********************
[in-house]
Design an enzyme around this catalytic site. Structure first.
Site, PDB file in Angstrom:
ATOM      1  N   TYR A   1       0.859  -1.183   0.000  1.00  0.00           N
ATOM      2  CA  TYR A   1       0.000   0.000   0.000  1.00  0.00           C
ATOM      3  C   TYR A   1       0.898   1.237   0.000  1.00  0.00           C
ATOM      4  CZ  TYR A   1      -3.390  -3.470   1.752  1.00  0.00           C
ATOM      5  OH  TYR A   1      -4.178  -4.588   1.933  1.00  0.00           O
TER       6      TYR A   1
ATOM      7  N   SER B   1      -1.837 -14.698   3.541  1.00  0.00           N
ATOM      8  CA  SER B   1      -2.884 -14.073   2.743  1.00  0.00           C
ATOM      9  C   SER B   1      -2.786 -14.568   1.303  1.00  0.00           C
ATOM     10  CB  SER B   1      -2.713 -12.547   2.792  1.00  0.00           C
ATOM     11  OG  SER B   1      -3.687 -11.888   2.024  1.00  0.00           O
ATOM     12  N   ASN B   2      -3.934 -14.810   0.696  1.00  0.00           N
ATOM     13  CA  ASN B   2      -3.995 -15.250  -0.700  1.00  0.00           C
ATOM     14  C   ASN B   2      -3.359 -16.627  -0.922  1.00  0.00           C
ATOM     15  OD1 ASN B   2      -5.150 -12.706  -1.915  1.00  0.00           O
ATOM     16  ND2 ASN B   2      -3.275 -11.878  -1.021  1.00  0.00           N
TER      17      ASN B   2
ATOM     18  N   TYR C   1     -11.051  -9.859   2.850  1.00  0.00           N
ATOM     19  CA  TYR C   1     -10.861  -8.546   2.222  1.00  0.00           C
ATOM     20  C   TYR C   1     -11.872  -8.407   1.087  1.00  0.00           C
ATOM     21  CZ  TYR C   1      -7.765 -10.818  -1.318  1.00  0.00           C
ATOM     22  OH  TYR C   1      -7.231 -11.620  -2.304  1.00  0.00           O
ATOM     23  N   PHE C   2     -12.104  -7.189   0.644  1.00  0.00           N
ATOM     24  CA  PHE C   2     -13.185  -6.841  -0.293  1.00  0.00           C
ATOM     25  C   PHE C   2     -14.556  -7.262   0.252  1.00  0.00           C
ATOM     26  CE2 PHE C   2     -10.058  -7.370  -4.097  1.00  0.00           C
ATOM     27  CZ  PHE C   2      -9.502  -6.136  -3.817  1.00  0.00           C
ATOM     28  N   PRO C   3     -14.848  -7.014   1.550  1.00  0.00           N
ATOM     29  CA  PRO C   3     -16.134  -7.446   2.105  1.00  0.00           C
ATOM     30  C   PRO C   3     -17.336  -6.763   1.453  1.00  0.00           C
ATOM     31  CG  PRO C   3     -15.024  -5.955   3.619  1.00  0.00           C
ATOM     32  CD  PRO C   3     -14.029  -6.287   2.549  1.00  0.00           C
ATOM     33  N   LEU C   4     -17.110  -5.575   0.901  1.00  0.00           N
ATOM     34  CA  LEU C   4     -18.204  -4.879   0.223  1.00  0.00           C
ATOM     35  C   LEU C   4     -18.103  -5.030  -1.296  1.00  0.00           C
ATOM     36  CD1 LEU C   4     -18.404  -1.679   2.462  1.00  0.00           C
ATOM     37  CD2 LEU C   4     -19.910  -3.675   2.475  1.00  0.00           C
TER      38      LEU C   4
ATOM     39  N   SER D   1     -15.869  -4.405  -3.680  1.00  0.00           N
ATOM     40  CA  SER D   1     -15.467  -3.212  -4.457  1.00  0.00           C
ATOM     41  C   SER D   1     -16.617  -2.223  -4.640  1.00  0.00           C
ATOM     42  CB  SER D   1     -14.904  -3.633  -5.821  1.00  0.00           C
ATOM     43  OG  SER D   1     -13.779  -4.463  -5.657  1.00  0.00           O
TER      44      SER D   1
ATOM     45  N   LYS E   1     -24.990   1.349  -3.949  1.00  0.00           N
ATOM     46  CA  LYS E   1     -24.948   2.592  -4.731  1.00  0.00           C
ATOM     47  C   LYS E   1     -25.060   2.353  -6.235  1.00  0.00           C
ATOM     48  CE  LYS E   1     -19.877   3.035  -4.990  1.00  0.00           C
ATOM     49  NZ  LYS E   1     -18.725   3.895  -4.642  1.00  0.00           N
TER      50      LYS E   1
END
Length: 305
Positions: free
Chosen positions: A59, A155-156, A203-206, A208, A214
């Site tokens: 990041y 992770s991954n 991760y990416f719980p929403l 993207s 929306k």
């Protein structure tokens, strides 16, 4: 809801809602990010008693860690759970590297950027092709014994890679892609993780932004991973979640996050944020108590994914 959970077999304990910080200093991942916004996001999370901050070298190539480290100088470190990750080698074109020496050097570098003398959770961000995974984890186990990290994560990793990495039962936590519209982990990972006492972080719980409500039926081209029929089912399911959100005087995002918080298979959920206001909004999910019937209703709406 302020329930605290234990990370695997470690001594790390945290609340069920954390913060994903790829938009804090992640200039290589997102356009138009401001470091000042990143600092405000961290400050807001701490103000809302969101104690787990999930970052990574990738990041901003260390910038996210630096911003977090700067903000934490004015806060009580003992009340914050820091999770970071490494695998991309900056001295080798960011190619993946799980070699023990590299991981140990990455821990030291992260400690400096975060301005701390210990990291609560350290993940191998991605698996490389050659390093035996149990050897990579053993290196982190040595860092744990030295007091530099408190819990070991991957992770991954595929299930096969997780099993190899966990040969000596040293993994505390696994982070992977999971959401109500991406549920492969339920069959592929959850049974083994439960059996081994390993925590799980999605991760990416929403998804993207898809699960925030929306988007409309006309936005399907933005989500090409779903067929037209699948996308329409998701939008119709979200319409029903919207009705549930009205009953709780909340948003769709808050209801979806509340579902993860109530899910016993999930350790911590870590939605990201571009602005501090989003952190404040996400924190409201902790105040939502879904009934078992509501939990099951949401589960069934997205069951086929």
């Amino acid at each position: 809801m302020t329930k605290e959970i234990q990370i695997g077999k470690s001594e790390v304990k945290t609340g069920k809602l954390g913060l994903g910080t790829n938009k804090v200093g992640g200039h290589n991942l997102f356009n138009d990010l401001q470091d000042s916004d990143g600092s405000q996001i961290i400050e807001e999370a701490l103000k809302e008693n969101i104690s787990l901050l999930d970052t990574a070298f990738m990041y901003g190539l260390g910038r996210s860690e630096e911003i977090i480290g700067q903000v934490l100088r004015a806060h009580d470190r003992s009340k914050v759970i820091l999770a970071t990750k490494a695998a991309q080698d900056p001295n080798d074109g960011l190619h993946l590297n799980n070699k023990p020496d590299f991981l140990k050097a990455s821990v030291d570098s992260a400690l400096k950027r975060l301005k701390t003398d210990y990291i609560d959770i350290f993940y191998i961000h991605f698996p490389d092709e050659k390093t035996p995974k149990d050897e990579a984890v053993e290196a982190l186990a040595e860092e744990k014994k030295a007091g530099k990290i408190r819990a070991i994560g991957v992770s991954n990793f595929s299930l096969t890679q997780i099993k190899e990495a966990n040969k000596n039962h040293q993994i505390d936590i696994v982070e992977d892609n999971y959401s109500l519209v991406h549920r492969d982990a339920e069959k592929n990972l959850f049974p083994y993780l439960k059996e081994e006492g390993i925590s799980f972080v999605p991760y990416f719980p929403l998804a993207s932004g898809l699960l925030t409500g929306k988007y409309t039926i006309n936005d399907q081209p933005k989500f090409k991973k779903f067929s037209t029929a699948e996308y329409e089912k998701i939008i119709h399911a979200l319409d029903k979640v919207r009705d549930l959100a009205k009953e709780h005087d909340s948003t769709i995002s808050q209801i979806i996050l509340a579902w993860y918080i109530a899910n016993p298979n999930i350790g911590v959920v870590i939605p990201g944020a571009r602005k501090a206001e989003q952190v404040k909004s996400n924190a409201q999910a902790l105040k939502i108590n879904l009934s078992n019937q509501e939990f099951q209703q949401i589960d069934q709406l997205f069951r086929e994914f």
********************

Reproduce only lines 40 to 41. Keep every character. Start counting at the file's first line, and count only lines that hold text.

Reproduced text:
ATOM     37  CD2 LEU C   4     -19.910  -3.675   2.475  1.00  0.00           C
TER      38      LEU C   4